- Eliminating or minimizing the influence of Germany;
- Pressuring Turkey, which under the Montreux Convention controls the vital Bosporus Straits entering the geostrategic Black Sea from the Mediterranean, and retaking Crimea; and
- Linking Ukraine with Georgia, the Caucasus and states on the Caspian Sea to encircle and blockade Iran.

The end goal of both the Trudeau government's and NATO's military intervention as well as their efforts to "reform" the Ukraine army is the escalation of tension and to convert Ukraine to an appendage of the U.S. and its imperialist strategy in the name of "Euro-Atlantic values" and in the conditions of intensified inter-imperialist rivalry, fully interoperable with the NATO bloc, even without the country becoming a member. The training of Ukraine's army according to the mechanism of NATO standards was, and is, important to achieve "interoperability" and cultivate high- and middle-ranking officers so as to gain control over that country's armed forces and use them for its own ends, which has already happened in Canada. The objective is neo-liberalism, the wrecking of the polity and the long solidarity between the fraternal peoples of Ukraine and Canada, the complete isolation and encirclement of Russia, and the opening up of the old Nazi expansionist Drang Nan Osten -- "path to the east."

The perfidious involvement of successive Liberal and Conservative governments in the military sphere is longstanding, far-ranging and unprecedented. This Supplement informs on Canada's intervention in Ukraine and its various dimensions, including Canada's current military and police missions, as well as the arrangements for arms production and sale between Canada and Ukraine as well as other partners such as Saudi Arabia. It aims to contribute to Canadians taking up these matters for discussion and affirming their right to decide the direction of Canada's foreign policy and establish peaceful relations with other nations and peoples.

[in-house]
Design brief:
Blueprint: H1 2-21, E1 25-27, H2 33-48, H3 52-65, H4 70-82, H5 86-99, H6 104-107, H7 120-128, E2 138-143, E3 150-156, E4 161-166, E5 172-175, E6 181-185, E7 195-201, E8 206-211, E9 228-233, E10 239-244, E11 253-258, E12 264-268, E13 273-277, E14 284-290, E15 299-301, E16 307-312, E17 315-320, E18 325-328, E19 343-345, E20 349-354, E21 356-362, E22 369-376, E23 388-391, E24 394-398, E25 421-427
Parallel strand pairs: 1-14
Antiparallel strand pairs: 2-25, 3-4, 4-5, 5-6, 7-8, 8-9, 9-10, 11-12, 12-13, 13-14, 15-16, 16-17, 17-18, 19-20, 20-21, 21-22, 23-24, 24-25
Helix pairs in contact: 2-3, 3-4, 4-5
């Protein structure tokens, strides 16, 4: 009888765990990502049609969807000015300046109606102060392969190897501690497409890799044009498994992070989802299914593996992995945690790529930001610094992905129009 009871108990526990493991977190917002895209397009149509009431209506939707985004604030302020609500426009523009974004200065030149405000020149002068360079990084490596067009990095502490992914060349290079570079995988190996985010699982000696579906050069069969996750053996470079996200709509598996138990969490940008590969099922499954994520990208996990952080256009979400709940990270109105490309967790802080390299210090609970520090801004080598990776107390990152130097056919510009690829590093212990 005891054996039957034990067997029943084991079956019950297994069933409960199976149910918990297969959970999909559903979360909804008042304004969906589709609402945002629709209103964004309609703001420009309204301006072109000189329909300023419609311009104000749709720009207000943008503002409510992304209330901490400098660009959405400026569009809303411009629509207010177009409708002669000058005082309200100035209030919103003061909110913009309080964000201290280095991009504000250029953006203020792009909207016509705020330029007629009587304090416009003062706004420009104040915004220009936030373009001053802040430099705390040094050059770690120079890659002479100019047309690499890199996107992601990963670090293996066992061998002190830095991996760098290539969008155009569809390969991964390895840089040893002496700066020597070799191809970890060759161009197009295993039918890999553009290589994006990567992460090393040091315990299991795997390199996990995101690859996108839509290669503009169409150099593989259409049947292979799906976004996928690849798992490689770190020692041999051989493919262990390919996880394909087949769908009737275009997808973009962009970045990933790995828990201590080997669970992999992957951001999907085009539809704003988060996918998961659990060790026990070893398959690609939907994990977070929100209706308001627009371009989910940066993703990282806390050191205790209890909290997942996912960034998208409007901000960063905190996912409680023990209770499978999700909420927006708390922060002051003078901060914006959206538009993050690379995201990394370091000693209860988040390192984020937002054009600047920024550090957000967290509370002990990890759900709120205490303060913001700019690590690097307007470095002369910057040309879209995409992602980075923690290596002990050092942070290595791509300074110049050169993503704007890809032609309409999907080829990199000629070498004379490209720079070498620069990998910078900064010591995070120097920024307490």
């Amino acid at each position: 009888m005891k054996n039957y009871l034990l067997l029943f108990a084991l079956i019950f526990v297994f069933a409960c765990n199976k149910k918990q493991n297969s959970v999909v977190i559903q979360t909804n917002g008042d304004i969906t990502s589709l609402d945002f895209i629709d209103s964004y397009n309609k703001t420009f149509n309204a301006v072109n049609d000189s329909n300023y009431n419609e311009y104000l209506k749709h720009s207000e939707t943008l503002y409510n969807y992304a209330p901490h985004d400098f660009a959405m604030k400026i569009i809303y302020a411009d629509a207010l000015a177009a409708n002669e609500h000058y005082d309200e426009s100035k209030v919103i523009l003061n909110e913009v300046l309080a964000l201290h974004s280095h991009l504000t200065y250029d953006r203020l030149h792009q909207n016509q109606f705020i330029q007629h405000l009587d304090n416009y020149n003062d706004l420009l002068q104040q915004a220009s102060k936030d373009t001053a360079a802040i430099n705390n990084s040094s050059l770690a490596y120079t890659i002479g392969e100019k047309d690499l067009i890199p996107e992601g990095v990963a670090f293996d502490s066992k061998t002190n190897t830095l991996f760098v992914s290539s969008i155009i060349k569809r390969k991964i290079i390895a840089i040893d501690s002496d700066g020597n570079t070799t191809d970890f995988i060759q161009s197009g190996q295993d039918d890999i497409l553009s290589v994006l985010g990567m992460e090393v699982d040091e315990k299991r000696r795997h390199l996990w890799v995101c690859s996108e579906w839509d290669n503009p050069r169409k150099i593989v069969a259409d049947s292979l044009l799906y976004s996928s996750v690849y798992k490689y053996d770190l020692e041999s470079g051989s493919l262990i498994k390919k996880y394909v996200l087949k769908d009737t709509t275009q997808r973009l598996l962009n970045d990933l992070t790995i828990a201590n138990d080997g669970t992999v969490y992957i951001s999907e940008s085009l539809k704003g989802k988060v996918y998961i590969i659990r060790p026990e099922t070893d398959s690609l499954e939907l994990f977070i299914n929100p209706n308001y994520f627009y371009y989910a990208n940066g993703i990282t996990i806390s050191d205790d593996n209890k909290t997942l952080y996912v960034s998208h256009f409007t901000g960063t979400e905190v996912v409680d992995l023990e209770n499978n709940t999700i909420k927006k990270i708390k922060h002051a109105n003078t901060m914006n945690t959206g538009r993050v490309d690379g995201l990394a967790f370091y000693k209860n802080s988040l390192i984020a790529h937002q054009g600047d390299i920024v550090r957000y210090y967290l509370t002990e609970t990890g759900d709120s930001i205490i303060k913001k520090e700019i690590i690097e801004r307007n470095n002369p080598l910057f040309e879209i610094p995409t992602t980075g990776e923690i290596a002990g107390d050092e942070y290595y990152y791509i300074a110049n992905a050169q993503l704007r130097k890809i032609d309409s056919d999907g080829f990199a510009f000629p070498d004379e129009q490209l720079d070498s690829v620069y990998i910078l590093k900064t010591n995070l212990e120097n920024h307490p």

1. Hardial Bains, Author's Preface, Necessity for Change! 1998 Edition, pp. 9-10.

Unless otherwise noted, the material in this Supplement is compiled by Tony Seed, with files from the Hardial Bains Resource Centre and Bill Shpikula.

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For Your Information

Integration of Ukraine into NATO

For 24 years, Canada has consistently campaigned to integrate Ukraine into the NATO bloc in the name of "Euro Atlantic values," during which the Canadian Forces have carried out intensive military training and large-scale exercises on the soil of that country and along its shores. During that period NATO was transformed into a global force and waged wars on three continents, in which Ukrainian forces participated. NATO is not simply a treaty between the governments of the main imperialist powers on joint action, but a military-political organization commanding huge armed forces equipped with modern weapons, including nuclear missiles. NATO joint command can independently decide to unleash a world war under the pretext of having to "repel sudden aggression" and it can intervene in the internal affairs of the member-countries to suppress democratic and revolutionary movements in them. The leading role in the NATO joint military command belongs to U.S. generals.

During this period, NATO expansion incorporated all former Soviet states from the Baltic to the Balkans with the significant exception of Ukraine and Georgia. Ukraine is today a de facto and annexed member while de jure formal status seems to have been thrown out of the window as superfluous and problematic.

During the upheavals of 1989 to 1991, the major western powers promised Moscow not to station any NATO troops on the territories of former Warsaw Treaty Organization member countries. This commitment -- designed to maintain the military balance in Europe -- has been broken by NATO countries numerous times over the past few years. Canadian military intervention is further shifting this balance of power.

Following Ukrainian independence in 1991 as an outcome of the break-up of the Soviet Union, the dissolution of the Warsaw Pact and the emergence of the unipolar world with U.S. imperialism at the head, the United States and Germany launched an expansion of the NATO bloc, rather than dissolving it.